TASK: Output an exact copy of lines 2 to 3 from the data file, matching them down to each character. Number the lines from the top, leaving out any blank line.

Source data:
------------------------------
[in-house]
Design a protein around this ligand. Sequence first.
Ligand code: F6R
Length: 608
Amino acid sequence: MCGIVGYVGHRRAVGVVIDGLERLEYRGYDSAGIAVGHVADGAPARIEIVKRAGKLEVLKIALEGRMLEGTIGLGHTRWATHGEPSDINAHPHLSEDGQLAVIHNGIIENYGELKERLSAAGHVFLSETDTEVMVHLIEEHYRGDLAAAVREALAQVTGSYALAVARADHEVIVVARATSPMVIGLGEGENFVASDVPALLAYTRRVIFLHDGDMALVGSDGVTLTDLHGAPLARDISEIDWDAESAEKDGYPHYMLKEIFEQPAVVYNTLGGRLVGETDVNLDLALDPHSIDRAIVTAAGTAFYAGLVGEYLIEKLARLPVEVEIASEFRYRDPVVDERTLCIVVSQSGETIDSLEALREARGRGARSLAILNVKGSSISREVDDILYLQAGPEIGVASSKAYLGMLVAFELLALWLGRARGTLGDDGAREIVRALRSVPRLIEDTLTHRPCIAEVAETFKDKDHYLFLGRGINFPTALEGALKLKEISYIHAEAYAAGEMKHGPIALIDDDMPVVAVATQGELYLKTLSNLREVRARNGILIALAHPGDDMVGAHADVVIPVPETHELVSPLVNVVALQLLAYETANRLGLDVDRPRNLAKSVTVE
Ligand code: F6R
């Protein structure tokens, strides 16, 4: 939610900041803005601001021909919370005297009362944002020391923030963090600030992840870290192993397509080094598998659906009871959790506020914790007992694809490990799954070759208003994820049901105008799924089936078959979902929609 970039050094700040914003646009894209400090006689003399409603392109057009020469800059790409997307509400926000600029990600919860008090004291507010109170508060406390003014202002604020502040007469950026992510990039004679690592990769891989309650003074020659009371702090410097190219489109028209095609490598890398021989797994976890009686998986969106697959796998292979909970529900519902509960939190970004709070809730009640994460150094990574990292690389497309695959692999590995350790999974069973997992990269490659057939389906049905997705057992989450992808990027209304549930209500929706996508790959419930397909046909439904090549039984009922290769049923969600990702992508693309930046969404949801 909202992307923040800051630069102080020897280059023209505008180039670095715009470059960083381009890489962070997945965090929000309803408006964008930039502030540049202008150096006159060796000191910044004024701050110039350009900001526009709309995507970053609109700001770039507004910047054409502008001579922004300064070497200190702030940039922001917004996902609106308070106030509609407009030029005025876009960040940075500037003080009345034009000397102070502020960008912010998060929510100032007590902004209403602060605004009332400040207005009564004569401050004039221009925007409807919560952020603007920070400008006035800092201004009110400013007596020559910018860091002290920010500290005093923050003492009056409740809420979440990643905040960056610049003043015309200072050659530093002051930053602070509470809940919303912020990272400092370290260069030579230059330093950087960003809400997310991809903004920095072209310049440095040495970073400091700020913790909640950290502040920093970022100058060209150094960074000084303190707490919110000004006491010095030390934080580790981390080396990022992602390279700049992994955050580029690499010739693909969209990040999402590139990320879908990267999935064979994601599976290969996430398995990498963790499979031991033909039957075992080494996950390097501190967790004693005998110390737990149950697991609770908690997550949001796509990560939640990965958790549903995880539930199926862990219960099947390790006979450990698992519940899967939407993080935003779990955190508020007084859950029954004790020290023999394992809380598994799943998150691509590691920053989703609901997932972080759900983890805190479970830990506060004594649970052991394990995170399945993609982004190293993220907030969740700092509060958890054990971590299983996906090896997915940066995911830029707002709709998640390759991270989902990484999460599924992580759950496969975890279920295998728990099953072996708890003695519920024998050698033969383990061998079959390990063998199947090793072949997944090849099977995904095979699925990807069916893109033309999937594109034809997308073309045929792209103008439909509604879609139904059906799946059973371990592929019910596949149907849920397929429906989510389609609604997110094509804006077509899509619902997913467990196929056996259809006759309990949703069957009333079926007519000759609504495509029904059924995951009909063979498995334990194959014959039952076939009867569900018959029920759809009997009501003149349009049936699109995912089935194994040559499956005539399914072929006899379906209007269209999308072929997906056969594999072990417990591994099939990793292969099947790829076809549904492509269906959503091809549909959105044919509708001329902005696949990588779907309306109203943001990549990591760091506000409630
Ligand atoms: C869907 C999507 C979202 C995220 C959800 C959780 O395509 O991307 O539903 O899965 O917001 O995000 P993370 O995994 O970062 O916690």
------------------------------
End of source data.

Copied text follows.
Design a protein around this ligand. Sequence first.
Ligand code: F6R